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Midwives in Utah are unaccountable for their actions. There is a deceptively long list of requirements for licensed direct entry midwives in the state of utah, but the law has no real teeth in it. Midwives who choose not to be licensed are not subject to any of the requirements. You can just declare yourself to be a midwife and practice, if you so please. You can declare yourself a licensed midwife in utah and face no consequences for misrepresenting your credentials (I know because this happened to me, I went to a midwife who claimed to be licensed and was not, and every avenue I tried to address the problem with told me they could not reprimand her).
Is it any wonder that women like Valerie El Halta come to utah to practice after being banned from several other states? . When Valerie ran into legal trouble in multiple states, she finally landed in Utah. She abused a woman and negligently caused the death of a baby by using drugs and a vacuum extractor. She was not qualified to use the drugs or the vacuum extractor. Here is a horrifying quote from the mother about valeries conduct:
“It was the single most painful thing Val did during my birth,” Rose said. “She had both of her hands inside me. I was yelling at her to get them out, but she refused because she was helping. If someone has two hands in you, and you’re telling them no, and they don’t stop — that’s why I call it a rape.”
This is a disgusting way to treat people. What is worse is how the midwifery community in utah decided that it was persecution for an investigation to occur. Simply investigating after a perinatal death is considered inappropriate, according to utah midwives. They seem to believe that any level of accountability for patient outcomes is too much. Utah midwives formed a watchdog committee in response to the investigations. There is no sympathy on the part of midwives for the parents of the child who died needlessly. The people hurt by the midwife are a non-issue in the minds of most Utah midwives, apparently.
You would think that a charge of negligent homicide would result in some real penalties for El Halta, who had caused other deaths by negligence in the past, but she was not sentenced to any prison time. Her sentence was probation and a court order to not attend any births. People who carefully read the salt lake tribune article about El Halta’s history will note that being charged with crimes in the past has never deterred valerie from attending risky homebirths, and it is unlikely that she will stop in the future.
Valerie El Halta has also been sued for a previous infant death in a different state, but the fact that she did not carry malpractice insurance means the debt is basically un-collectable. Utah midwives are not required to carry malpractice insurance, so it is hard to get an attorney to assist when utah midwives hurt a pregnant mother or their baby. There is no safe guard in place to prevent a tragedy of this sort from happening again. I find this totally unacceptable. Birth attendants (of any type) are bound to make mistakes a certain percentage of the time, and should be accountable for the outcome. They should pay for any damage caused by their mistakes.
Midwives in utah are also not bound by HIPAA. They have no legal obligation to keep your private health information confidential. Better Birth of Utah has resorted to talking about the (alleged) mental health status of past patients when negative reviews were posted to the internet, breaking the contract that states they will not discuss health information with anyone not involved with patient care (unless legally obligated to do so).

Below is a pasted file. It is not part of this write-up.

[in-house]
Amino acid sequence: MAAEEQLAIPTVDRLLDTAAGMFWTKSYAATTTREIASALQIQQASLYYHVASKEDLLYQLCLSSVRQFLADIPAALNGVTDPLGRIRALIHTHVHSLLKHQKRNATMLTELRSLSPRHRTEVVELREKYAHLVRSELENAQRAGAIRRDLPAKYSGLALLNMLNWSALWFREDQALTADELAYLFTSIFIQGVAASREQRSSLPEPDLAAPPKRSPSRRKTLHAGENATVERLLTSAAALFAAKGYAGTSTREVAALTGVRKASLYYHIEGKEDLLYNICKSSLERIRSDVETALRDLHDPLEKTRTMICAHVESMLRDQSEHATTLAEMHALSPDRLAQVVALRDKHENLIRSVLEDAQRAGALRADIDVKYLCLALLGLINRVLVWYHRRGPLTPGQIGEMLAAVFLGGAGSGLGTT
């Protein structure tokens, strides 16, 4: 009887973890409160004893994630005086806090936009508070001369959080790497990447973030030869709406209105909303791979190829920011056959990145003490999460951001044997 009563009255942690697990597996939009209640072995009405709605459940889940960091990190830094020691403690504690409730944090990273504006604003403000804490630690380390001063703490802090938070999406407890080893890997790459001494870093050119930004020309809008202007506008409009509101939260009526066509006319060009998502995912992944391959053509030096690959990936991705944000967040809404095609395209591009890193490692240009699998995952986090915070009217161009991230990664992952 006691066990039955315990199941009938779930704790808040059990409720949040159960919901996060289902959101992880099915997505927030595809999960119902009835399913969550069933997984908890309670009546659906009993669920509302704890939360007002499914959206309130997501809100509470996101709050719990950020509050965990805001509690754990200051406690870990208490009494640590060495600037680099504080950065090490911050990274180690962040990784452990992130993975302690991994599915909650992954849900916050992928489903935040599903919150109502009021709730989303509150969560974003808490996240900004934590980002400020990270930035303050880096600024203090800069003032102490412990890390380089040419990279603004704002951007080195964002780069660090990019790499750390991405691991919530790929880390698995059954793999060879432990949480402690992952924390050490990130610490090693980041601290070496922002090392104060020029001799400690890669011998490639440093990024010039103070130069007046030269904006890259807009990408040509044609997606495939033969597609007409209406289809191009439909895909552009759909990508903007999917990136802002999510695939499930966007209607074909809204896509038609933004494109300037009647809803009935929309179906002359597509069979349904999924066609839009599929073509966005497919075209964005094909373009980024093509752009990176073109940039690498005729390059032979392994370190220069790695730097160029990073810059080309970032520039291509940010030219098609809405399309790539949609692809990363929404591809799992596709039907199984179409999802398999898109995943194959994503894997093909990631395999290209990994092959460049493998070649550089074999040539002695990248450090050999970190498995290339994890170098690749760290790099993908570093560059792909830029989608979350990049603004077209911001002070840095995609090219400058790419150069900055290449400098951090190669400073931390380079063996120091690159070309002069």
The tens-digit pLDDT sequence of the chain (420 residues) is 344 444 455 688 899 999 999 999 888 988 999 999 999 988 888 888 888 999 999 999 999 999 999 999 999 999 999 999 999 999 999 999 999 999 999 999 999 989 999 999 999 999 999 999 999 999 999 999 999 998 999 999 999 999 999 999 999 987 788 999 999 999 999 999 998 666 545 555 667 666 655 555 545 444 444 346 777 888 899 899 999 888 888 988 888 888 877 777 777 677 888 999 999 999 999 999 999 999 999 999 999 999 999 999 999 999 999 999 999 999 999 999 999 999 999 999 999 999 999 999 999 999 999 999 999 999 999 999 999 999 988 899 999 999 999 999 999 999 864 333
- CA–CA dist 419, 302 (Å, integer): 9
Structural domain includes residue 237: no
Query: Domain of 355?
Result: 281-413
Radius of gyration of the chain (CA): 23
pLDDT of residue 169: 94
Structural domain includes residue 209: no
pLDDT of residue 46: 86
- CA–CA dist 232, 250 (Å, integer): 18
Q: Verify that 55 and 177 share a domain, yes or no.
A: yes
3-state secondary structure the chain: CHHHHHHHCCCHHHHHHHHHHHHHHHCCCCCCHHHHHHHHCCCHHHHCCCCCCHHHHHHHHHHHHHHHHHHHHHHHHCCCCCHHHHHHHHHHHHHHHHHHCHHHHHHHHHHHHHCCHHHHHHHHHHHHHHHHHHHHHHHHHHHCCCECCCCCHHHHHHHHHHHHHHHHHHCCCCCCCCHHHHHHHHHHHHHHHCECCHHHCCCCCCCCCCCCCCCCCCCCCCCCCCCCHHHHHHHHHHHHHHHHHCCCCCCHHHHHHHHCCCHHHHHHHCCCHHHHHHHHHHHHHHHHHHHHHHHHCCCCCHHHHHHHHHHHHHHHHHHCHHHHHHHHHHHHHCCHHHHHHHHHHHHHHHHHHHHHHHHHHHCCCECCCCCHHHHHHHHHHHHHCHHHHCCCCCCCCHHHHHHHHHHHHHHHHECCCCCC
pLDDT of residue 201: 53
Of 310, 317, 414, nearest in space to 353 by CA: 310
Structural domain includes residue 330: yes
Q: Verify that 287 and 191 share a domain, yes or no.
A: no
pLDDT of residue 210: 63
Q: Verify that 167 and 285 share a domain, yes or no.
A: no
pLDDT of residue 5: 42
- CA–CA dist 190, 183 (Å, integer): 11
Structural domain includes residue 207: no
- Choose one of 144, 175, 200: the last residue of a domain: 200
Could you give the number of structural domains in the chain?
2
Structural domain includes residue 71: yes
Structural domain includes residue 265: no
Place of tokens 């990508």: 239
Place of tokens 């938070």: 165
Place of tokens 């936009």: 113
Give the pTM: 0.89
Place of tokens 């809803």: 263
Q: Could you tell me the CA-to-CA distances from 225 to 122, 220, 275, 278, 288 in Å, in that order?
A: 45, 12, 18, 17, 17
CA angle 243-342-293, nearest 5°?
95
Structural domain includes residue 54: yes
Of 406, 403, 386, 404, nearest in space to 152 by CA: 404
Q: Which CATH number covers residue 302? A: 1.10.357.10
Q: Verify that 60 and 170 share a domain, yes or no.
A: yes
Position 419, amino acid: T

There are midwife-run review boards like utah midwives organization or NARM, but they also do not have any real power to punish midwives. Valerie El Halta had her credentials revoked by NARM several years before the negligence in Utah, it did not prevent her from legally practicing in Utah.
The other thing I found out too late was that the health department does not regulate one room birthing centers. You can run a birthing center however you want to as long as you restrict it to one room. This is a major loophole in the law that could cause many problems for utahans who assume that their birth center is up to code- when there isn’t one. I know that when I used Better Birth LLC as my birthing center I was perplexed at the fact that they had a washer/dryer combination in the SLC birth suites (“bellanatal birth suites). I knew from my time working in hospitals that medical linens usually have to cook at a high temperature in industrial laundry services in order to kill transferable diseases. Better Birth was under no such obligations to sanitize the sheets, blankets, towels, etc used at the birthing center. I am sure there are other examples of why it is a bad idea to let lay midwives self-regulate their birth centers.
If a midwife harms you or your baby your only real recourse is court, and if you can’t find an attorney willing to represent you then you have to try your luck at small claims. There is a maximum of 10,000$ that can be rewarded in small claims (about double what most states offer), but it doesn’t even begin to compensate someone who lost their life, child, or functioning at the hands of a midwife.
I doubt that most Utahans find this state of affairs acceptable. Utahans generally place a high value on children and family, and these regulations undermine the safety of infants and pregnant mothers. Mistakes in the world of prenatal care and childbirth carry a high price for the parents and children affected. I believe that people who manage labor and prenatal care should be held accountable for their actions.
I was inspired by safer midwifery for michigan. I will be starting a similar website (hopefully a movement) in Utah to better regulate midwives.